5 Things You Need to Know about ERISA

The Employee Retirement Income Security Act (ERISA) was enacted to protect employees. It was signed into law in 1974 and was sold as a solution to corporate pension plans that were not looking out for the best interests of their employees. There are 5 things that you need to know about ERISA, and you'll need to decide who ERISA really protects.

1. Covers Only Private Employees

You might think that you're covered under ERISA when you're not. Only employees in the private sector are covered by ERISA plans. A non-private employer may offer you a plan, but it won't be an ERISA plan because of federal laws.

2. Bonded Fiduciary

The person(s) or company responsible for managing the ERISA plan is known as the fiduciary. They will be held responsible for mismanagement of the plan, and they are required to be bonded by law. The purpose of the bond requirement is to protect employees from financial loss. Some fiduciaries are exempt from the bond requirement, so you should find out whether the fiduciary has bond coverage.

3. Right to Sue Fiduciary

ERISA allows employees to sue fiduciaries for breach of their duties or for denying benefits. That's why the bond issue is important, to ensure that employees can get financial recovery if they bring an action to court and win the case. Taking an insurance company to court may be necessary if you're injured and have a mountain of medical bills that your ERISA plan refuses to pay.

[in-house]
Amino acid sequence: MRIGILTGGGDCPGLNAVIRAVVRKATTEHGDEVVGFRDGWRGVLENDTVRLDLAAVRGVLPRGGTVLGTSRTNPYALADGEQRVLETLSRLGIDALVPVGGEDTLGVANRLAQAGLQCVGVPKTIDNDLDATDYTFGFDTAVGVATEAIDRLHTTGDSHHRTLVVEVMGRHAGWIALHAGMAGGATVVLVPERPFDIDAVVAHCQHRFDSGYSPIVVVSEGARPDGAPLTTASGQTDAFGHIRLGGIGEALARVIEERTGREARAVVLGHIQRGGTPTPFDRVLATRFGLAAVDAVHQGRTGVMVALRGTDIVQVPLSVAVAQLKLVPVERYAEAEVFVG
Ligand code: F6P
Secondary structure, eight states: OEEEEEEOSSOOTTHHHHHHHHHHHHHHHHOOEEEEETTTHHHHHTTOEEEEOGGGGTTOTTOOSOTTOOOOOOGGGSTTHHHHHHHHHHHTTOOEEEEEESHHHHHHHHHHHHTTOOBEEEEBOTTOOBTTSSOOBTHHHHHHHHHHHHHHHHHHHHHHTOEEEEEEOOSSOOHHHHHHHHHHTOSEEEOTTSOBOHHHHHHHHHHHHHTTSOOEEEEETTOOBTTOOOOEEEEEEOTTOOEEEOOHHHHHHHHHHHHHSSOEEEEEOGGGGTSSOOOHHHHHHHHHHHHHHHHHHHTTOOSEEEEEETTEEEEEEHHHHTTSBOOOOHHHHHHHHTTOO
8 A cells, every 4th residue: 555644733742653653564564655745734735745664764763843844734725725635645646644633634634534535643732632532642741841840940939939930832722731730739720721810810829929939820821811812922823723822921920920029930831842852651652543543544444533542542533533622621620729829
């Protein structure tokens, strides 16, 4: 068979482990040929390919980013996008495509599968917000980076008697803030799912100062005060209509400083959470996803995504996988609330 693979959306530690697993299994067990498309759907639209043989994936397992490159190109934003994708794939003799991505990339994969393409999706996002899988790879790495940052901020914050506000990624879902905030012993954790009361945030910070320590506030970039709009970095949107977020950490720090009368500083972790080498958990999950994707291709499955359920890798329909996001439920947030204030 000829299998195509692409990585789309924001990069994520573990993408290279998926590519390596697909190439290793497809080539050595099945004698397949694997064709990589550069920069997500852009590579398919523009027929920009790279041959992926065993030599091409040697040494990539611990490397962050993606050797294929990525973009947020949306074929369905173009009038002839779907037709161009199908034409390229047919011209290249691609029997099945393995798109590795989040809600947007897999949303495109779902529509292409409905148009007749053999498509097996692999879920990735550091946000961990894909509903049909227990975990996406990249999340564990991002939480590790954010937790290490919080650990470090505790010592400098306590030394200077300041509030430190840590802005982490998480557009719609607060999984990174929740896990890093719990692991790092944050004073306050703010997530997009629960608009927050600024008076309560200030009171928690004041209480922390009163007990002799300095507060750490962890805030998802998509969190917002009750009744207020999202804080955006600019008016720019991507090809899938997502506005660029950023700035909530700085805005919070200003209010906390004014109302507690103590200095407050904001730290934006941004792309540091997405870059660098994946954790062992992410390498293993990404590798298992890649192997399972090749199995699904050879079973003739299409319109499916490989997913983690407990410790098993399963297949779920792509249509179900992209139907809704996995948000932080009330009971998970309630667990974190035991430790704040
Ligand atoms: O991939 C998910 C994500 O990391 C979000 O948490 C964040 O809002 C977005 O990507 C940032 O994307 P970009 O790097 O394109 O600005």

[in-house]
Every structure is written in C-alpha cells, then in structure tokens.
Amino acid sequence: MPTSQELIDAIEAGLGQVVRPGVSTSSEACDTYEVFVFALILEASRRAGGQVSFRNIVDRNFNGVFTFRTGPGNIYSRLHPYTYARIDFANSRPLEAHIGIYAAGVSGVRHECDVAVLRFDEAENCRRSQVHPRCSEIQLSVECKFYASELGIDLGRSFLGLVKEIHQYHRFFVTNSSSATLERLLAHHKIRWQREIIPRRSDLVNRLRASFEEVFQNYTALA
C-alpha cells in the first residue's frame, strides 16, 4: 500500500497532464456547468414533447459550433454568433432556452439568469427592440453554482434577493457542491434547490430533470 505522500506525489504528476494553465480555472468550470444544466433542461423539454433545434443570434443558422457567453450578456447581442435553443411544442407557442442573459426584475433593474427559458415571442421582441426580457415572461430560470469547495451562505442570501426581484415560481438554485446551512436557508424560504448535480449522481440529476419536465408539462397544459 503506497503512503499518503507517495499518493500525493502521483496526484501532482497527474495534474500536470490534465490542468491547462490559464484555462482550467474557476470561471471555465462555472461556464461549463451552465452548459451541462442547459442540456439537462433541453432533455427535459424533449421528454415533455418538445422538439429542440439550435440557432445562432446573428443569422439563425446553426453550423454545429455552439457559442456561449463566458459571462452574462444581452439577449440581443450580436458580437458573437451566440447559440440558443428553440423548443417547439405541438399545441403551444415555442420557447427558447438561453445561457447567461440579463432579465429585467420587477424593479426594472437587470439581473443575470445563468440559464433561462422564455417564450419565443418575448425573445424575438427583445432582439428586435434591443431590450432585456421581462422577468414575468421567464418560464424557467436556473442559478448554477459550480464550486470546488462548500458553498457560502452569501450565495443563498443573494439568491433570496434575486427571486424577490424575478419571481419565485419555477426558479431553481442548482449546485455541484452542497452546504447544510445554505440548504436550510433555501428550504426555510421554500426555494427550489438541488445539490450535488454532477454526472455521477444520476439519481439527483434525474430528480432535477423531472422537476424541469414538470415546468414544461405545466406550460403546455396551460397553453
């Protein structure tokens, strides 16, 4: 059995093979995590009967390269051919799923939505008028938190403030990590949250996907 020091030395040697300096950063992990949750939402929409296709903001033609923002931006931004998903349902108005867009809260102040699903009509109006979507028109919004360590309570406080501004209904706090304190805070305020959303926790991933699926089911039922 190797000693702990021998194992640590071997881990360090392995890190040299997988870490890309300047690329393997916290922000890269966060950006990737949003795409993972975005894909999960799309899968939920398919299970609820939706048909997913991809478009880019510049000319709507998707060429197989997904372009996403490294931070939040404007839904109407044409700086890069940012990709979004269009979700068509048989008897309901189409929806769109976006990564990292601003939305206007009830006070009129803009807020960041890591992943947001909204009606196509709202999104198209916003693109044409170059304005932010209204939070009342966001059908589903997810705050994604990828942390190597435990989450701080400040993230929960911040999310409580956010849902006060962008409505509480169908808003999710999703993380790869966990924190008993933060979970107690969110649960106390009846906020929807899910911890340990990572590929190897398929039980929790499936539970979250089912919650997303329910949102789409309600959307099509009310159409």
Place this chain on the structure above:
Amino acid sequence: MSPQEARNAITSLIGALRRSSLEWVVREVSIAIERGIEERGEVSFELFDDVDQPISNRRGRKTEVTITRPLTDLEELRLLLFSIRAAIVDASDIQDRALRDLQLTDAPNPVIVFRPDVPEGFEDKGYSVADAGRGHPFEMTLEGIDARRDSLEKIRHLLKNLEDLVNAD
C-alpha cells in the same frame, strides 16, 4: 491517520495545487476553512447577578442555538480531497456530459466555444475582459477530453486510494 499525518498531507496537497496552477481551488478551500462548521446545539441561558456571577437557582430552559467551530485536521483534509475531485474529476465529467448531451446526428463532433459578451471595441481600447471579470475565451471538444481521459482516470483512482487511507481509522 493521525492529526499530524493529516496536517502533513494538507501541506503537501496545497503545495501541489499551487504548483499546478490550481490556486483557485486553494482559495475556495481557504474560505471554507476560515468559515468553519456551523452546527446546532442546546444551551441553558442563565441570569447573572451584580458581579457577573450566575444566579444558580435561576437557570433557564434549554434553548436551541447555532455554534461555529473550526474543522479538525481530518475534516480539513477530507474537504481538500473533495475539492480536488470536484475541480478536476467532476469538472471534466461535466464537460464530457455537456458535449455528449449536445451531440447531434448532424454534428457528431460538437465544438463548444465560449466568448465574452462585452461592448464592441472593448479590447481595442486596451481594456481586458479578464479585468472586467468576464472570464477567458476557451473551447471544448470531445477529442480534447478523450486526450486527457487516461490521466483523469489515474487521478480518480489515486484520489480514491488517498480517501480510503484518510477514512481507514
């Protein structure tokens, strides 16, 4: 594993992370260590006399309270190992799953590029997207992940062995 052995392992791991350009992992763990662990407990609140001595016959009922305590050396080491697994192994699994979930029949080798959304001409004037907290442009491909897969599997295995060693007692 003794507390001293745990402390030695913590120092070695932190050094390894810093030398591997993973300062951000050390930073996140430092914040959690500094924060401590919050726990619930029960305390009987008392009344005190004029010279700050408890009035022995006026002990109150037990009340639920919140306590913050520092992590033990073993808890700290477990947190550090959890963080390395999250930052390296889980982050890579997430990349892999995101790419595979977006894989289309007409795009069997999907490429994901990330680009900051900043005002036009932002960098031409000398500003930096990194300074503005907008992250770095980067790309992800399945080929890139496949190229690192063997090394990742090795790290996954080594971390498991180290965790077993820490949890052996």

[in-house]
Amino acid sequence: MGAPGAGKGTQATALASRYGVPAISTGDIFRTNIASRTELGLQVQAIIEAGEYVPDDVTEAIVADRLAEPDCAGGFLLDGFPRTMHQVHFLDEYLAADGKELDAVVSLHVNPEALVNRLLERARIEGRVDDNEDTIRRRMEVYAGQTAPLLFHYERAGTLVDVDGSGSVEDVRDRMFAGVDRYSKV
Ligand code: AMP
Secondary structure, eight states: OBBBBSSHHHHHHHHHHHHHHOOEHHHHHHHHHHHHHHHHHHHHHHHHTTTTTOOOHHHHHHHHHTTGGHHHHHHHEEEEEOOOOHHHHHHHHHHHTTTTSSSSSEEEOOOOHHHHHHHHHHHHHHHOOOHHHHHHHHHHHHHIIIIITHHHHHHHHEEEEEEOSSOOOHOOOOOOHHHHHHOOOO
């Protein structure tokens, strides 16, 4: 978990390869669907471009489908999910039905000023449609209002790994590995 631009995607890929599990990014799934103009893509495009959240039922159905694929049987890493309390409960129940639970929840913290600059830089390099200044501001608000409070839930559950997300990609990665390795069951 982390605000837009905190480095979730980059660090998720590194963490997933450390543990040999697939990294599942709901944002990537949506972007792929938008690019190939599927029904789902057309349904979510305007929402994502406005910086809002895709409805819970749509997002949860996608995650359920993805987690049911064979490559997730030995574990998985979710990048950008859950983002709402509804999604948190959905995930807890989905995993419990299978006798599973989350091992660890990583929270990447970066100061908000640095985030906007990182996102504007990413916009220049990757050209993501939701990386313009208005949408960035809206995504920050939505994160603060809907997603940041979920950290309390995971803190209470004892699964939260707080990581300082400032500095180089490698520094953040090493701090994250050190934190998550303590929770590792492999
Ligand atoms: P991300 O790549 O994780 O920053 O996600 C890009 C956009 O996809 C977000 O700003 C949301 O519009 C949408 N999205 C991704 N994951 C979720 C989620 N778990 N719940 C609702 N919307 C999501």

4. State Laws

ERISA trumps state insurance laws in many cases. However, there are some instances in which your employer doesn't have to incorporate ERISA provisions and is exempt under state laws. For example, ERISA may require coverage for mental health benefits, but your employer doesn't have to provide health insurance for that under its ERISA plan if state laws don't require it. Another common exemption that some employers take is not following ERISA's requirement to provide health coverage to an infant from the time he or she is born. You should know the details of the ERISA plan offered at your job and not assume coverage based on what you know or have read about federal requirements.

5. Denial of Claims

Insurance companies cannot wrongfully deny your claims under ERISA, no matter what the state laws are. It's one of the protections offered to employees to ensure that they will receive the benefits they are expecting. The company has to do a number of things, such as the following, before they can lawfully deny coverage:

  • give reasons for the denial, and include sections of federal and state laws that apply;
  • provide information to you so that you can submit a new claim that will get approved; and
  • explain your right to appeal or file a lawsuit.

Non-ERISA plans are not as stringent in their rules for denial.

Whether ERISA protects employees, insurance companies, private employers or all of the above is an ongoing debate. What's important is that you know what to expect from a plan if your employer offers one.

blog comments powered by Disqus